When you’re considering moving to the Orlando area, it’s important to understand that homes in Florida may be a little different than what you’re used to. Here are a few of the differences you may find.
Great room design
In an effort to keep houses cooler during the summer months, many homes in Florida built after 1980 incorporated the ‘great room’ design. This method of construction normally features vaulted or high ceilings where most of the common rooms are under one roof, not separated by floor to ceiling walls. While this provides for better air circulation and saves on air conditioning it also can convey the idea of living inside a canyon. However, depending on how well it’s implemented, it can be very elegant as well.
Tile floors throughout
As with the great room design, the idea with tile floors is that they don’t trap heat (or dirt, for that matter) in the carpet. This makes it easier to cool down your home during the warm summer months. Tile is also easier to keep clean than carpet. The downside is that tile is considerably more expensive to install than carpet, but it’s an expense that’s more than worth it. When I first moved to Florida I purchased my first floor steamer. I’ve never been without one since.
Florida’s water table is about 6 feet below the surface, making it virtually impossible for homes in Florida to have a proper basement. So, where do you hide all the stuff you can’t fit in your house? That’s easy. Your garage. The exception of course is when you do what I did and converted my garage into my office (I also converted two bedrooms into a broadcast studio to do podcasts, so I’m not exactly normal). By doing that, I limited the amount of storage space I have. The problem is that on a good day I’m a candidate for “Hoarders”. So, just a suggestion – if you ever visit my house, don’t open the closets.
Screened in pools
Everyone wonders why Florida has so many screened-in pools. There are several reasons. First, it’s great at keeping out bugs. Second, it’s a safety issue – there’s an expression in Florida that goes “if there’s water, there are gators”. Screens make it far more difficult for gators to make a home in your pool. They also help diffuse direct sunlight, which will help your pool stay a little cooler in the summer. A pool in Florida that’s in direct sunlight all day is like swimming in a bathtub.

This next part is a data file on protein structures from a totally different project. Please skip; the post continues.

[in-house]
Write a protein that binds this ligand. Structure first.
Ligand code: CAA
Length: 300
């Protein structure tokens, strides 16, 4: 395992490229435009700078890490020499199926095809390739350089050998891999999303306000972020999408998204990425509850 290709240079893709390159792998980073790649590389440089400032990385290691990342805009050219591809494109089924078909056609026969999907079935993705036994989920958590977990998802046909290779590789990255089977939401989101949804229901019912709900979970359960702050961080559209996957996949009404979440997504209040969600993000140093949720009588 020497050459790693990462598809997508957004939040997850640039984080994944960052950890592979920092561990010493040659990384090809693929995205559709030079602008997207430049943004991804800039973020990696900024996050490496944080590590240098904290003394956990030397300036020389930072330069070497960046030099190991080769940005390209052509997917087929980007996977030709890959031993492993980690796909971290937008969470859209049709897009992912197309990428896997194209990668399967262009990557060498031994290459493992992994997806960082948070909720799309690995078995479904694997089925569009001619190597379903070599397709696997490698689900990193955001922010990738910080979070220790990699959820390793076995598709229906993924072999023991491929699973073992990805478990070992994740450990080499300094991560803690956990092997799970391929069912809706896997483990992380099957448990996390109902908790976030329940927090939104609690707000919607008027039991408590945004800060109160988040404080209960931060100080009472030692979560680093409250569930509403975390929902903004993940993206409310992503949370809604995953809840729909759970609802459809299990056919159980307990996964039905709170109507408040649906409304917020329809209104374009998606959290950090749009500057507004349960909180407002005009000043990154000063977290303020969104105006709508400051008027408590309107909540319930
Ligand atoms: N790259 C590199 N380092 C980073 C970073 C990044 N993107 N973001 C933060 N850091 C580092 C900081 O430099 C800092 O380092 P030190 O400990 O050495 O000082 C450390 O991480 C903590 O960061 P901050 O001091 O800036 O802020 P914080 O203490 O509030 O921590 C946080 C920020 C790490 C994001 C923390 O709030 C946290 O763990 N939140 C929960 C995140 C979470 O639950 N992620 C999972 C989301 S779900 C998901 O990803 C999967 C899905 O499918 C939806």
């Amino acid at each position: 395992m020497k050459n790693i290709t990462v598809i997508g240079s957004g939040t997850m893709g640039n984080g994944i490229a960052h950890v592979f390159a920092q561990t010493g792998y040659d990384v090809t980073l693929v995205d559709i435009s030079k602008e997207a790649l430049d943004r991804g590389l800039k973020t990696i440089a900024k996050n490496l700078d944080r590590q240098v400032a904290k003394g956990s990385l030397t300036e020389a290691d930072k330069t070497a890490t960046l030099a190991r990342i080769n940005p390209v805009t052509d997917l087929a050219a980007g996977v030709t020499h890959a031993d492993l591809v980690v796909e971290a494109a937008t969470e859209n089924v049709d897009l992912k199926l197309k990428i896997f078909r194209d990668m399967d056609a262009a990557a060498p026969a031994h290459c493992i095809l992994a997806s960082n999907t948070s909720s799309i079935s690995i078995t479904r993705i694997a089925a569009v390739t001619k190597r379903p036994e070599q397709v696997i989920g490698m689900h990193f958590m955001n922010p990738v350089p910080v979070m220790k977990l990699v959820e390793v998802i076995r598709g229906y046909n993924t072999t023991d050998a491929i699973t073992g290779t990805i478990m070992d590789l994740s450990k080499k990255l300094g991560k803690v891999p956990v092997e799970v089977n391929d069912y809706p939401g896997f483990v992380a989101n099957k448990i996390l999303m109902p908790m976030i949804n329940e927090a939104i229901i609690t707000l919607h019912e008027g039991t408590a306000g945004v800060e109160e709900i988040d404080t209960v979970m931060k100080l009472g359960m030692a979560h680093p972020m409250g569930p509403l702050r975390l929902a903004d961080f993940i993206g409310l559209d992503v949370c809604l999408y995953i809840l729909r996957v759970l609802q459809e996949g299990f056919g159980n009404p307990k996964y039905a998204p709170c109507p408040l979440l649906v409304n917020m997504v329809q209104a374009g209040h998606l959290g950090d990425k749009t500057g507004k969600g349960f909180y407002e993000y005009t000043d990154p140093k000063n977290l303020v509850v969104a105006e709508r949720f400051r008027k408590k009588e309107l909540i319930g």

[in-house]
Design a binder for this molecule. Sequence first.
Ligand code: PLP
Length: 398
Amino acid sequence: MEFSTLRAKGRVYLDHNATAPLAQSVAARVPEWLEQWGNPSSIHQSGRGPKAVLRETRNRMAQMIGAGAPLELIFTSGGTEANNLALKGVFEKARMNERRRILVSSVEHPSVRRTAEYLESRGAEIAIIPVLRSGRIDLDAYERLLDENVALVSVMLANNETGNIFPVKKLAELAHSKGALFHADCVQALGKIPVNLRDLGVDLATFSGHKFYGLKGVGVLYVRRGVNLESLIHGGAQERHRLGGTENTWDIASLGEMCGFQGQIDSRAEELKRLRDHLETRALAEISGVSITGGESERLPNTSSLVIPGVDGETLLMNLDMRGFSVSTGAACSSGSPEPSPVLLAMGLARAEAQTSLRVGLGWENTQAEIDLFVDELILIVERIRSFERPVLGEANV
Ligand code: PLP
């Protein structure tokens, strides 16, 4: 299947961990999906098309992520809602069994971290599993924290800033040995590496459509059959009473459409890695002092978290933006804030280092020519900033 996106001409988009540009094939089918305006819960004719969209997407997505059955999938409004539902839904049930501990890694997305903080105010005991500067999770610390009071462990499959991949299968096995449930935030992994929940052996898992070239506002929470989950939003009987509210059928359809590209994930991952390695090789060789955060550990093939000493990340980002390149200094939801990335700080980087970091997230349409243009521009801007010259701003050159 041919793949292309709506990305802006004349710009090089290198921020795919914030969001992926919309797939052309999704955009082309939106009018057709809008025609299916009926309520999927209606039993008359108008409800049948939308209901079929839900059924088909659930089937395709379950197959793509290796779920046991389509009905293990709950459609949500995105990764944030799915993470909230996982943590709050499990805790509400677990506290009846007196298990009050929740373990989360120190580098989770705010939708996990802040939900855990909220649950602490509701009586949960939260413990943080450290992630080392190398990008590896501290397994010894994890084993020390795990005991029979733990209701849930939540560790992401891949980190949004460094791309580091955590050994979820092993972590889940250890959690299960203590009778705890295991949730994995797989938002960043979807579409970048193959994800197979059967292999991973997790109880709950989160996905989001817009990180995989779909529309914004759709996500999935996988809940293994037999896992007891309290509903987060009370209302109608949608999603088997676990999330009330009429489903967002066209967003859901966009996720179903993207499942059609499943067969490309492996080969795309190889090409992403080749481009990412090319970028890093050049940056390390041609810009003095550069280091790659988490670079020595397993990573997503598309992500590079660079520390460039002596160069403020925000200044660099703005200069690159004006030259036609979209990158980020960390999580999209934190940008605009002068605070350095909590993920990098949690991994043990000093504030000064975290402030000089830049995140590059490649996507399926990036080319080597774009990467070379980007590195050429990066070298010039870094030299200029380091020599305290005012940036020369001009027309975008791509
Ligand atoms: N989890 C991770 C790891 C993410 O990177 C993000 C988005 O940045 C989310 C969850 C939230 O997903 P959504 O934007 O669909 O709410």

Fences are (very) optional
One thing that many new Floridians notice is that there is an abundance of homes in Florida that don’t have fences around their yard. There are a few reasons for this. First, as mentioned above, many homes have pools, and many of those homes have screens around their lanai. That basically acts as a fence. Also, part of the reason may be the Homeowners Associations (HoA) in a particular neighborhood. Depending on the HoA, the requirement for construction, material and appearance of fences may be cost-prohibitive. Of course, it could just be that people in Florida have no real boundaries (this is, after all, the state that brought you “Florida Man”).
While the homes in Florida may be different than what you’re used to, for many people that’s part of the appeal. If you’ve made the move to Florida, please share your thoughts in the comments below.
If you’re ready to speak with one of our Moving to Orlando real estate professionals about purchasing a home in the Central Florida area, you can fill out our contact form here and someone will be in contact with you.